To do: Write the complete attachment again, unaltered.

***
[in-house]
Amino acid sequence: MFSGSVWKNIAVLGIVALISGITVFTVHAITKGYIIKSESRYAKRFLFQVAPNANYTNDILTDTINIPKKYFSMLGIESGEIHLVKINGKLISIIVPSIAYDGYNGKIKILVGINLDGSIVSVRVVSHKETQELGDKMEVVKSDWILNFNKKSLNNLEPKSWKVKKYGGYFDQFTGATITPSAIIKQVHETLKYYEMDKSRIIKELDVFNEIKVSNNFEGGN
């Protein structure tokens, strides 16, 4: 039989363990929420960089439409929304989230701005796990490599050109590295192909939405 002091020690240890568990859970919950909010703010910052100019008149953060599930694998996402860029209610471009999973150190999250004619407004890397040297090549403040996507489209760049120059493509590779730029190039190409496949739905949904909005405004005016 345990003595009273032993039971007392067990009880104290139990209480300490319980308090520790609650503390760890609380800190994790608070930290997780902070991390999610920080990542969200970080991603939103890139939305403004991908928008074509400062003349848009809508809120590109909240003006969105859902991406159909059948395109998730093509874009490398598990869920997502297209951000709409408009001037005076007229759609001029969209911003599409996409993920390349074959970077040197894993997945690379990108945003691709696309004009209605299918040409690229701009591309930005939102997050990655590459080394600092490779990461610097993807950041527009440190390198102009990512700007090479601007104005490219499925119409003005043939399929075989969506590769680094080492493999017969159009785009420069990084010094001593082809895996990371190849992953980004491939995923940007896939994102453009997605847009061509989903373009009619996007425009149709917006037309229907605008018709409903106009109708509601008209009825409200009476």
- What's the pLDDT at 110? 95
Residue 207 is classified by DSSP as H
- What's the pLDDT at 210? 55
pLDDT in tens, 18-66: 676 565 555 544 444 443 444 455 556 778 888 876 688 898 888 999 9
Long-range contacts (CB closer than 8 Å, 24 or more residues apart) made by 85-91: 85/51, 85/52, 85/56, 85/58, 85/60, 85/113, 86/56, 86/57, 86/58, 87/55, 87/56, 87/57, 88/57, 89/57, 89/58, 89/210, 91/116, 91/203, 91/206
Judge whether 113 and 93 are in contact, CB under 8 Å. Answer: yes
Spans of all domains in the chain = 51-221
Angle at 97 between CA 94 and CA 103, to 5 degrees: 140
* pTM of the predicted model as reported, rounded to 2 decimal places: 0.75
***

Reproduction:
[in-house]
Amino acid sequence: MFSGSVWKNIAVLGIVALISGITVFTVHAITKGYIIKSESRYAKRFLFQVAPNANYTNDILTDTINIPKKYFSMLGIESGEIHLVKINGKLISIIVPSIAYDGYNGKIKILVGINLDGSIVSVRVVSHKETQELGDKMEVVKSDWILNFNKKSLNNLEPKSWKVKKYGGYFDQFTGATITPSAIIKQVHETLKYYEMDKSRIIKELDVFNEIKVSNNFEGGN
């Protein structure tokens, strides 16, 4: 039989363990929420960089439409929304989230701005796990490599050109590295192909939405 002091020690240890568990859970919950909010703010910052100019008149953060599930694998996402860029209610471009999973150190999250004619407004890397040297090549403040996507489209760049120059493509590779730029190039190409496949739905949904909005405004005016 345990003595009273032993039971007392067990009880104290139990209480300490319980308090520790609650503390760890609380800190994790608070930290997780902070991390999610920080990542969200970080991603939103890139939305403004991908928008074509400062003349848009809508809120590109909240003006969105859902991406159909059948395109998730093509874009490398598990869920997502297209951000709409408009001037005076007229759609001029969209911003599409996409993920390349074959970077040197894993997945690379990108945003691709696309004009209605299918040409690229701009591309930005939102997050990655590459080394600092490779990461610097993807950041527009440190390198102009990512700007090479601007104005490219499925119409003005043939399929075989969506590769680094080492493999017969159009785009420069990084010094001593082809895996990371190849992953980004491939995923940007896939994102453009997605847009061509989903373009009619996007425009149709917006037309229907605008018709409903106009109708509601008209009825409200009476």
- What's the pLDDT at 110? 95
Residue 207 is classified by DSSP as H
- What's the pLDDT at 210? 55
pLDDT in tens, 18-66: 676 565 555 544 444 443 444 455 556 778 888 876 688 898 888 999 9
Long-range contacts (CB closer than 8 Å, 24 or more residues apart) made by 85-91: 85/51, 85/52, 85/56, 85/58, 85/60, 85/113, 86/56, 86/57, 86/58, 87/55, 87/56, 87/57, 88/57, 89/57, 89/58, 89/210, 91/116, 91/203, 91/206
Judge whether 113 and 93 are in contact, CB under 8 Å. Answer: yes
Spans of all domains in the chain = 51-221
Angle at 97 between CA 94 and CA 103, to 5 degrees: 140
* pTM of the predicted model as reported, rounded to 2 decimal places: 0.75